To our knowledge, this is the first published report of prospective outcomes describing fitting tips, quantitative and qualitative visual measures, safety, and subjective outcomes with Rose K2 XL lens in different causes of irregular corneas.

In the current study, our results demonstrated marked improvement in VA in all studied patients. BCCVA was 0.05 ± 0.03 after fitting in comparison to UCVA (0.95 ± 0.09) and BSCVA (0.65 ± 0.17) (). Considering the same design of contact lenses used in our study (Rose K2 XL), Romero-Jiménez and Flores-Rodríguez [28] observed an improvement in VA from 0.14 logMAR with the patient’s usual contact lens to 0.10 logMAR with the Rose K2 XL scleral lens (). Another study [15] also noted statistically significant improvement, although patients had a poorer VA with their usual lenses than in the study of Romero et al. An earlier study conducted by Stason et al. [29] demonstrated that VA did not improve in all patients fitted with Boston ocular surface prosthesis (PROSE lenses), although none obtained poorer results. In our study, however, VA improved in all eyes after fitting with the Rose K2 XL lenses. This difference may be attributable to the type of lens used or to the sample size, which was not very large in our study. Similar results were demonstrated in keratoconic patients wearing Rose K lens design [3032].

Currently, there was an additional significant improvement in the visual quality beside to the remarkable improvement in VA. To the best of our knowledge, this is the first paper reporting the mesopic and aberrometric measures after fitting with Rose K2 XL lenses. Both glare and contrast sensitivity tests exhibited significant improvement with the usage of the lenses. They increased from prefitting uncorrected values of 41.6% ±7.2 and 39.6% ±6.9, respectively, to postfitting corrected values of 81.9% ±5.9 and 69.9% ±6.2 (). Similarly, aberrometric measures demonstrated a significant reduction of both total RMS and HOA RMS values after contact lenses fitting (reduction of 72.5% in HOA) (). A study carried by Porcar et al. [33] also demonstrated an important reduction of total HOAs (an average of 78% reduction) after wearing of multiaspheric geometry design in eyes with irregular corneas after laser-assisted in situ keratomileuses (LASIK) surgery. In previous studies, Gemoules and Morris [34] found a reduction in the total HOAs of 66% in eyes fitted a reverse geometry corneoscleral lens design. Tan et al. [35] fitted a spherical RGP on a pupil size of 6 mm and found a reduction in the total HOAs of 69%.

The unique design of Rose K2 XL lens with aspheric back optical zone, front surface aberration control, and precise edge lift options contributes to the centration and lens stabilization in the eye and reduces the HOAs and blur outcoming with the use of standard soft or RGP lenses. Additionally, with the suggested apical clearance fit of the lens, the tear layer can correct corneal irregularity decreasing aberrations and providing crisp, clear, and consistent vision. After 6 months wearing of Rose K2 XL lenses, no statistically significant differences were found in VA, mesopic vision, or total HOAs in regard to the initial fitting. This could be due to the stability of contact lenses parameters and maintenance of an appropriate corneal tear film.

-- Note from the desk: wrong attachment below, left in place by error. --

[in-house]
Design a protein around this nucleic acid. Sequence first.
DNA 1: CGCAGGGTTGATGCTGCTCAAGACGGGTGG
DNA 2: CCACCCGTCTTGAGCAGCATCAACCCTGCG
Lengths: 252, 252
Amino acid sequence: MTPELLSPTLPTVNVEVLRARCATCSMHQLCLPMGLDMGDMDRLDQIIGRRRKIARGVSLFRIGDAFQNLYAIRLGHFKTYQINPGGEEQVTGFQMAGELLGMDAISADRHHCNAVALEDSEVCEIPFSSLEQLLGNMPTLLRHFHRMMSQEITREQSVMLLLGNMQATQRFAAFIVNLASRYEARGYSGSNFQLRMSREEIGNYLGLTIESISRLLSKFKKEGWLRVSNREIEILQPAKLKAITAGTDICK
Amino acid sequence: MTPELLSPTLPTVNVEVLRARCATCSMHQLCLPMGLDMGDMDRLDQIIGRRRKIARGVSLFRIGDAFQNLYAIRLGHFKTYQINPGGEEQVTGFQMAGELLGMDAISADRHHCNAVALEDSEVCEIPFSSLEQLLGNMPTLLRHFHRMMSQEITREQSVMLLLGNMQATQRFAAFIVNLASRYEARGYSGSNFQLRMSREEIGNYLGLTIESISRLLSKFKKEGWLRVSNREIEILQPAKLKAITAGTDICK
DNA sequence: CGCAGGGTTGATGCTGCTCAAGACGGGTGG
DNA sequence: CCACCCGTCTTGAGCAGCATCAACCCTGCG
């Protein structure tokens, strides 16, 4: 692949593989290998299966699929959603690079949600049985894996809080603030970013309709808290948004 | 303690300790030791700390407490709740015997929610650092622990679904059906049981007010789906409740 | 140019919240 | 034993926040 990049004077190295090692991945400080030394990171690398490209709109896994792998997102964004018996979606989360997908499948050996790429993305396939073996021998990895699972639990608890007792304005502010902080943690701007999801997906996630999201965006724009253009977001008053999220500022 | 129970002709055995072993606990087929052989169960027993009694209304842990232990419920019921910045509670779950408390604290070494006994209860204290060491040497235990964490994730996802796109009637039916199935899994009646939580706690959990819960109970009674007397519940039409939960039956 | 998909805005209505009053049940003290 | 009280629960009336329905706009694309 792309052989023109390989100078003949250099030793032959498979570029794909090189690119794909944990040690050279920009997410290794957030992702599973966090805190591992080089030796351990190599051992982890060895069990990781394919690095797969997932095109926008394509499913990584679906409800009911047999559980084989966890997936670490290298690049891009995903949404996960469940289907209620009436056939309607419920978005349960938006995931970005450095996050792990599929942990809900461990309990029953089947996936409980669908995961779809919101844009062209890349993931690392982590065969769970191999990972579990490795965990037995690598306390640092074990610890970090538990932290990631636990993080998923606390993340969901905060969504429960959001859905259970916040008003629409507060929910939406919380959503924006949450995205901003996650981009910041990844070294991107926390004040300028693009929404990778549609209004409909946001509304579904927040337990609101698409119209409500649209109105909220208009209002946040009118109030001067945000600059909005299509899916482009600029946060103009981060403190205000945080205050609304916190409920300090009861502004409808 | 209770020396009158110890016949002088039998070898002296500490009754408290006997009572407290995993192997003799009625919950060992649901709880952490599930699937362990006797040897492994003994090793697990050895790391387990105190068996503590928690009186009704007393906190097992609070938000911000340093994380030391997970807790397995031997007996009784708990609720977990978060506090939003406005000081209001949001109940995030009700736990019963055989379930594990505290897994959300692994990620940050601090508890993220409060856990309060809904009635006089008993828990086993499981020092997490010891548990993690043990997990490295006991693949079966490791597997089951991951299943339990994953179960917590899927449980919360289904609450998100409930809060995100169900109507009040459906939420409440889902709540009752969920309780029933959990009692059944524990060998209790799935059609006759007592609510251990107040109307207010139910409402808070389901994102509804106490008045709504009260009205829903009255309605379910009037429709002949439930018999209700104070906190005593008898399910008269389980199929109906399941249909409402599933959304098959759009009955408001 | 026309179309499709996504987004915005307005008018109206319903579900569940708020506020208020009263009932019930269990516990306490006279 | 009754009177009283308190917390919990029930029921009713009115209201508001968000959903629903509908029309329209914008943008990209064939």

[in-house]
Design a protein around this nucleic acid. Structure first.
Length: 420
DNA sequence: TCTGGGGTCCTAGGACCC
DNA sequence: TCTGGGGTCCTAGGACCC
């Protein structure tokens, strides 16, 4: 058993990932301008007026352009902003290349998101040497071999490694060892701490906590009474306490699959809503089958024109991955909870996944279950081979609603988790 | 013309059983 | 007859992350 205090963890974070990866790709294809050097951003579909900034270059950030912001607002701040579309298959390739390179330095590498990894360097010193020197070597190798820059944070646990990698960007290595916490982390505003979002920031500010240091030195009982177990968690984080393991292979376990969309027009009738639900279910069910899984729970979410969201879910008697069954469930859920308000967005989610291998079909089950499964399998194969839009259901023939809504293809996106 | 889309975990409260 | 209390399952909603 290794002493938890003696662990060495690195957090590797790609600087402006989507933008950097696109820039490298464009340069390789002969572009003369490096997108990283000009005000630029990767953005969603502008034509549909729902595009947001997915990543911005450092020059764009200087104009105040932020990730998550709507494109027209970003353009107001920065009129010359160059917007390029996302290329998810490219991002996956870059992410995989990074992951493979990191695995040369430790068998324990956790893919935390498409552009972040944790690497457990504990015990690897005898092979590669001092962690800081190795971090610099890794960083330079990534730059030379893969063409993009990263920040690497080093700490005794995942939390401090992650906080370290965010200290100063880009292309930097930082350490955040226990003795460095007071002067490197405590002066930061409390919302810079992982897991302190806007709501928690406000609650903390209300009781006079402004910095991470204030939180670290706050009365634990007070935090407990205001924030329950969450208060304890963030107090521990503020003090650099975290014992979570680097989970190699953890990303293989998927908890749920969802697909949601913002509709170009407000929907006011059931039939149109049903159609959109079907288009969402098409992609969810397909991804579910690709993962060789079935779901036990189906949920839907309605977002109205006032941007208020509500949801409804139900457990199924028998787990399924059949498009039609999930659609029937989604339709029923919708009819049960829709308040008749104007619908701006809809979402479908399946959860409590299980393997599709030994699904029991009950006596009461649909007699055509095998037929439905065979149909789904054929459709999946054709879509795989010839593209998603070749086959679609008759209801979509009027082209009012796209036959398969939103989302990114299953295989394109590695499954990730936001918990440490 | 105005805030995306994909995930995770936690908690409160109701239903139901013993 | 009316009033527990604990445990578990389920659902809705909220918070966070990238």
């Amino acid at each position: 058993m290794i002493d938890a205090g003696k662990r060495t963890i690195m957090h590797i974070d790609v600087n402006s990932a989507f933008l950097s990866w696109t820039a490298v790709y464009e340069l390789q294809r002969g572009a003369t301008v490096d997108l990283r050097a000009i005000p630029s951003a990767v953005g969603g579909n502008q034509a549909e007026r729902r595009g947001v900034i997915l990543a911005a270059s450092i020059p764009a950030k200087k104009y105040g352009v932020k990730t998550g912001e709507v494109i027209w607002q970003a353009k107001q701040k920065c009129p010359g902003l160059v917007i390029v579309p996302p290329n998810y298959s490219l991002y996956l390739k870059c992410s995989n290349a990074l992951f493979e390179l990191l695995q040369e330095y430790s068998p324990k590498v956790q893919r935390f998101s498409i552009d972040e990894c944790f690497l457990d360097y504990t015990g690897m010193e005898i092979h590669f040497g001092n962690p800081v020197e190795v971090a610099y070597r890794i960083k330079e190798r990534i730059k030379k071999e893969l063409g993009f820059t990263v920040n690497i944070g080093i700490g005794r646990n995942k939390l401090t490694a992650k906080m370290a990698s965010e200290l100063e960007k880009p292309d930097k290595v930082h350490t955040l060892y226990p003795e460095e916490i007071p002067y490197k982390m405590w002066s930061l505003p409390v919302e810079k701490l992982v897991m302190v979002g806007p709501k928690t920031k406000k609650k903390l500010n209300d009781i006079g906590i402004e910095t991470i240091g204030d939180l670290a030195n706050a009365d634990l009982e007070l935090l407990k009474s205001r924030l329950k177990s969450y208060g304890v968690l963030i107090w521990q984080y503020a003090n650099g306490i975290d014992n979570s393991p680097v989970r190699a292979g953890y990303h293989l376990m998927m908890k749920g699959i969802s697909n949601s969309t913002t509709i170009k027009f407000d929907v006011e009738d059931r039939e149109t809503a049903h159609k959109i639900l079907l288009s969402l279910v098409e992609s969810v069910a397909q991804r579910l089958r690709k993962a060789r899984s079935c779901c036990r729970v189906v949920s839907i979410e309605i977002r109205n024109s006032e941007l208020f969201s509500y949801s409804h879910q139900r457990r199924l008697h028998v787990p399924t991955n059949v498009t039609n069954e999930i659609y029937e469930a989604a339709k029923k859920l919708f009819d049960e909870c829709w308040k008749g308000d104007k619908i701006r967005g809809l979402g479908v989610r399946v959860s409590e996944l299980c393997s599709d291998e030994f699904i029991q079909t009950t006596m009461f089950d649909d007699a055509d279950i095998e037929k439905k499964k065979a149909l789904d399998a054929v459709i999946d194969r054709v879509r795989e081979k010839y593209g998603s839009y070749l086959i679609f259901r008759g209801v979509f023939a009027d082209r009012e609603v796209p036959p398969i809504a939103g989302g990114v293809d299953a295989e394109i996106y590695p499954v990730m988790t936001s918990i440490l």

Most of the patients showed a robust admittance of the lens. The maximum wearing time per day was 9.9 ± 2.9 hours at the end of follow-up period. Self-reported estimate of comfort and dryness confirmed a high degree of comfort using the lenses (8.2 ± 1.4 and 7.9 ± 1.1, resp.). Thirty patients (83.3%) expressed a preference to continue wearing their contact lenses at the last follow-up visit, while only 16.7% of patients asked for another option.

Our results are consistent with a prior report that revealed a significant degree of comfort in patients wearing this design of lenses for a mean of 9 hours a day [15]. Also, the results go hand in hand with previously reported data about Rose K lenses that indicates a high degree of comfort in keratoconus patients wearing their lenses for more than 10 hours daily [3032]. However, wearing time could be increased in some patients up to 15 hours per day by instructing them to remove the contact lens every few hours and refill them with fresh preservative-free sterile saline solution as it happened in Ortenberg et al. [36].

However, 6 patients (16.7%) in the present study recorded ocular discomfort and this was the main cause for discontinuing use of their lenses during the follow-up period. All studied patients were examined regularly, so that patient instructions with a removal of lenses for few hours during the waking period and use of tear substitute drops and/or lubricant gel exceedingly decreased the symptoms in 4 patients. While two patients did not respond to any treatment and thus ceased wearing their lenses by the end of follow-up period. The cost price of the lenses was one of the prime patients’ complaints as the lenses are not covered under government health insurance in Egypt and the expense of contact lenses is roughly twice the price of standard RGP lenses (like Rose K lens).